Mainframes are ever being included in Red Team Engagements to demonstrate impact. If an adversary can access your mainframe environment they could cause material damage to customer data, cause an outage or potentially steal money. However, when an adversary gets on a mainframe, the account they have may not provide enough access to do anything. NetSPI has performed multiple Mainframe Penetration Tests where the base account was locked down enough to prevent them from doing any real damage.

In a vacuum, that’s fine. But adversaries typically don’t operate in a vacuum and will leverage whatever access they have to further develop their target list. In this blog post we’ll outline the risks of allowing all users the ability to run the LISTUSER command against any user.

The LISTUSER command is a RACF command that you use in TSO that allows you to list information about accounts on the system. TSO is the terminal shell for mainframes, similar to something you’d find on a Linux server, but the prompt is “READY” instead of $. Issuing the LISTUSER command without any arguments outputs information about the currently logged in user.

If you have access to list other user information, you can issue the LISTUSER command with the argument for any user you want to see. For example running the “LISTUSER NETSPI” would output information about that specific user.

Allowing anyone to just list anyone else’s username and group membership is dangerous. In fact, once you’ve confirmed you can access other user profiles through the LISTUSER command you can issue the command LISTUSER * to list all users in RACF! From an adversarial perspective this makes enumerating users and conducted password sprays or targeted attacks very easy.

Although, that’s not 100% true. For a typical user, if you’re allowed to list other users it will return user information, but if the user profile you tried to list is an administrative user (i.e. that user has system SPECIAL in RACF) you get an error message that your access is denied. Once we know this, enumerating administrative accounts is trivial.

Typically, mainframe shops will have username conventions. For this example (and the sake of time) we’ll assume a z/OS userid starts with a letter followed by five numbers. With the ability to list user IDs we can use some REXX to identify every account on the system and all the privileged accounts:

/* REXX */ 
parse arg len 
SAY "LISTUSER RACF User Enumeration Tool" 
SAY "VER 1" 
/* License: GPLv3 */ 

NUM = '0123456789' 
DO I=1 to 26 
 DO J=1 to 10 
  S2 = RIGHT(LEFT(NUM,J),1) 
  DO K=1 to 10 
   S3 = RIGHT(LEFT(NUM,K),1)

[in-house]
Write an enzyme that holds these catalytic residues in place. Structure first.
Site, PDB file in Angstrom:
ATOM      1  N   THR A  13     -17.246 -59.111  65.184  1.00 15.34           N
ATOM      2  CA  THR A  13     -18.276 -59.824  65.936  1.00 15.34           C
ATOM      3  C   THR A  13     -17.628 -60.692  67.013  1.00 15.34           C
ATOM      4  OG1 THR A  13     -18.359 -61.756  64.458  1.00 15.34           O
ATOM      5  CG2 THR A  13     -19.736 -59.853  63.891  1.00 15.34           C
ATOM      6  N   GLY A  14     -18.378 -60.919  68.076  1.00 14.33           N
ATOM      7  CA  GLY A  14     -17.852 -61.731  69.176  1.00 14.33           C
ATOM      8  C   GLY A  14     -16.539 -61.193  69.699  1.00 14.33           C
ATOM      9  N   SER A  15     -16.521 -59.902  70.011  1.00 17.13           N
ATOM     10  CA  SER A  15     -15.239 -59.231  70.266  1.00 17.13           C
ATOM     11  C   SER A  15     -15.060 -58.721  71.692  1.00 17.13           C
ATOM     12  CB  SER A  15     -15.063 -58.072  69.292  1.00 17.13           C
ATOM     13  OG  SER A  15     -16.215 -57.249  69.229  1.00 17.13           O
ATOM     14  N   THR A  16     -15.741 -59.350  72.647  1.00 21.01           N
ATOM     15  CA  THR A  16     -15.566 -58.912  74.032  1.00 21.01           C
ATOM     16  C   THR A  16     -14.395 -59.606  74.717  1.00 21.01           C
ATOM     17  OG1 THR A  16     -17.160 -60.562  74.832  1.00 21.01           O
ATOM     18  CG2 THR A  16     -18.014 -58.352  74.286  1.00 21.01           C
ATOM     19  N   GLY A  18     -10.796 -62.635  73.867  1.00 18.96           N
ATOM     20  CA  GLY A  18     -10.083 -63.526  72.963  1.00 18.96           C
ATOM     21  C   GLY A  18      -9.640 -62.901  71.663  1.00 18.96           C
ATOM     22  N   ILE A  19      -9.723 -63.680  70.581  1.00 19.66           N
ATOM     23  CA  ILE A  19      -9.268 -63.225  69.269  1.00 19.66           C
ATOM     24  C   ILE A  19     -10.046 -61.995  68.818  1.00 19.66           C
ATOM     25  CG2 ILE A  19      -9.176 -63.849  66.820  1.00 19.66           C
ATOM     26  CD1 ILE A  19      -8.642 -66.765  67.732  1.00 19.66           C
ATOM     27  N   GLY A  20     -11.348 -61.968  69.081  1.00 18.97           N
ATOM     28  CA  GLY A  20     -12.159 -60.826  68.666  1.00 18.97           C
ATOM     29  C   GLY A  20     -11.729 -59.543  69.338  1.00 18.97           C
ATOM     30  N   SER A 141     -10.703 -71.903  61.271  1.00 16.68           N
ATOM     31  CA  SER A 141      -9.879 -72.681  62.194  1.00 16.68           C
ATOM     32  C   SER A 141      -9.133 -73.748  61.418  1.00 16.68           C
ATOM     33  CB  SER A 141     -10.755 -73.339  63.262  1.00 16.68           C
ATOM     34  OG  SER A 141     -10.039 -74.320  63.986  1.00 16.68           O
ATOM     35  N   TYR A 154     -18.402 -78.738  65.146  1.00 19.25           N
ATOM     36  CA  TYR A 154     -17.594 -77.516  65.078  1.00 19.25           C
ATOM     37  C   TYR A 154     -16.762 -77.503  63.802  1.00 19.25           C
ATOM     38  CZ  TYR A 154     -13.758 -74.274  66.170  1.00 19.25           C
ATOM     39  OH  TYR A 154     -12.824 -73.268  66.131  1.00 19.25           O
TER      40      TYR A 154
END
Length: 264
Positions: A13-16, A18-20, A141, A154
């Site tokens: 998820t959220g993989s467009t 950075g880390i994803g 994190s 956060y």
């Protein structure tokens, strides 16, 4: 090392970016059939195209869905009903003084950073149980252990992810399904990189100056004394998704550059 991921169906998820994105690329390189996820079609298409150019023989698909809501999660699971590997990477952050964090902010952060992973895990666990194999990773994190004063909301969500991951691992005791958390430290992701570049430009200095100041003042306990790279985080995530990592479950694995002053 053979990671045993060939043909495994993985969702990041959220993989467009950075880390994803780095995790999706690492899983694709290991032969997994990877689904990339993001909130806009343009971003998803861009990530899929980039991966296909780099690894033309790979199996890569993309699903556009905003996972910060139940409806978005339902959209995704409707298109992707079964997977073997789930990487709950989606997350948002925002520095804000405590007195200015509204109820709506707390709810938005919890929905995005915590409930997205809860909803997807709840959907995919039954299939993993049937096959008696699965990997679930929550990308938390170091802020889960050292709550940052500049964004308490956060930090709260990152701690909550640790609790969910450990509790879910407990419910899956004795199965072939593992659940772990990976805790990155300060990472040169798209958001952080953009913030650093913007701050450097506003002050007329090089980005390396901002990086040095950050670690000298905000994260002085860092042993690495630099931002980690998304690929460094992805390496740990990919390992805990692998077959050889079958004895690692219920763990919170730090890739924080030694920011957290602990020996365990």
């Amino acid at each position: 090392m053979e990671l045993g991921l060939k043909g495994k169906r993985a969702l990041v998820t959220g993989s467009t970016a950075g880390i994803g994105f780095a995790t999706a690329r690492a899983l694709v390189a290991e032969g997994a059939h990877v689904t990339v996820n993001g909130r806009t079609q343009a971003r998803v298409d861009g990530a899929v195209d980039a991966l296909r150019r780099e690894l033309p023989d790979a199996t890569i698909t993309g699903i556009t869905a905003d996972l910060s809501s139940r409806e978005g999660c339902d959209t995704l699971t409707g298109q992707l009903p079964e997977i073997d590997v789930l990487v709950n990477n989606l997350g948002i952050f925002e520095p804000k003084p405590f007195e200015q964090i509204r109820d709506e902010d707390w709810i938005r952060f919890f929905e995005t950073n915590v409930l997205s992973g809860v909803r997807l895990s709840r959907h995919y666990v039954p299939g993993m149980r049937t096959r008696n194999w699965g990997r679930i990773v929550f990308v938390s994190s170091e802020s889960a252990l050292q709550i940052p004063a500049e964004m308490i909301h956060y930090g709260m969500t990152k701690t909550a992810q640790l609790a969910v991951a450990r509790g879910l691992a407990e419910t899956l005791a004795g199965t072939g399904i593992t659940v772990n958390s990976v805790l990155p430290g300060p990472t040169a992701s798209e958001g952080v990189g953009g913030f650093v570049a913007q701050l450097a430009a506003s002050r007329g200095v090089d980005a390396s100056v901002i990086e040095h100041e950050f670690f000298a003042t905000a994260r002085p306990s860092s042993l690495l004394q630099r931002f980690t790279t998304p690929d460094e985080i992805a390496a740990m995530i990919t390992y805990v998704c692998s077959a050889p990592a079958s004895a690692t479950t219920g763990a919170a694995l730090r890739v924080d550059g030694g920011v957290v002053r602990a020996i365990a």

DO L=1 to 10 
    S4 = RIGHT(LEFT(NUM,L),1) 
    DO M=1 to 10 
     S5 = RIGHT(LEFT(NUM,M),1) 
     DO N=1 to 10 
      S6 = RIGHT(LEFT(NUM,N),1) 
         L = OUTTRAP('LUO.') 
         LU S1||S2||S3||S4||S5||S6 
         L = OUTTRAP('OFF') 
         if POS('USER=',LUO.1) > 0 THEN DO 
          PARSE VAR LUO.1 USER . 
          PARSE VAR LUO.3 ATTR . 
          SAY USER ATTR 

After this script completes, I have a list of five users who are privileged accounts — now I know to target those users either in a phishing campaign or stealing their credentials using other means.

We know now that allowing access to LISTUSER is unsafe. Fortunately IBM explains how to limit who should be able to run the LISTUSER command in its z/OS Security Server RACF Security Administrator’s Guide. In summary, to prevent enumeration quickly you can limit access to the IRR.LISTUSER profile in the FACILITY class.

This, however, only prevents an attacker from listing user details. Due to a quirk in the way IBM implemented the LISTUSER command, we can still enumerate all the accounts on the system. If you enter the LISTUSER command and don’t have access to perform that function RACF returns an access denied error message. Conversely, if we enter a user that doesn’t exist, we get the message “that user doesn’t exist.”

Therefore, using the same REXX code as above, we can still enumerate every user on the system; we just can’t get details about that user. A few changes to the code left up to the reader would still allow you to enumerate all users. Additionally, for a sophisticated attacker it wouldn’t be hard to link mainframe IDs to domain user IDs and hone their target selection for either spear phishing or password spray attacks.

If you were hoping to be able to catch this type of attack in SMF, that is currently not possible. According to IBM, you cannot detect this type of attack even if you’ve sufficiently locked down who can issue the LISTUSER command. From IBM: “RACF does not log failed access attempts to IRR.LU resources. Successful accesses to IRR.LU resources are logged at the installation’s discretion.”

Despite these limitation NetSPI strongly recommends you limit who is able to run the LISTUSER command against other users, limiting the information available to attackers make it much harder to profile the system and other users. NetSPI offers multiple different types of Mainframe Penetration Tests to help you better understand the threats and mitigations to your enterprise mainframes, identifying the misconfiguration is just one item we look for when conducting penetration tests or red team activities.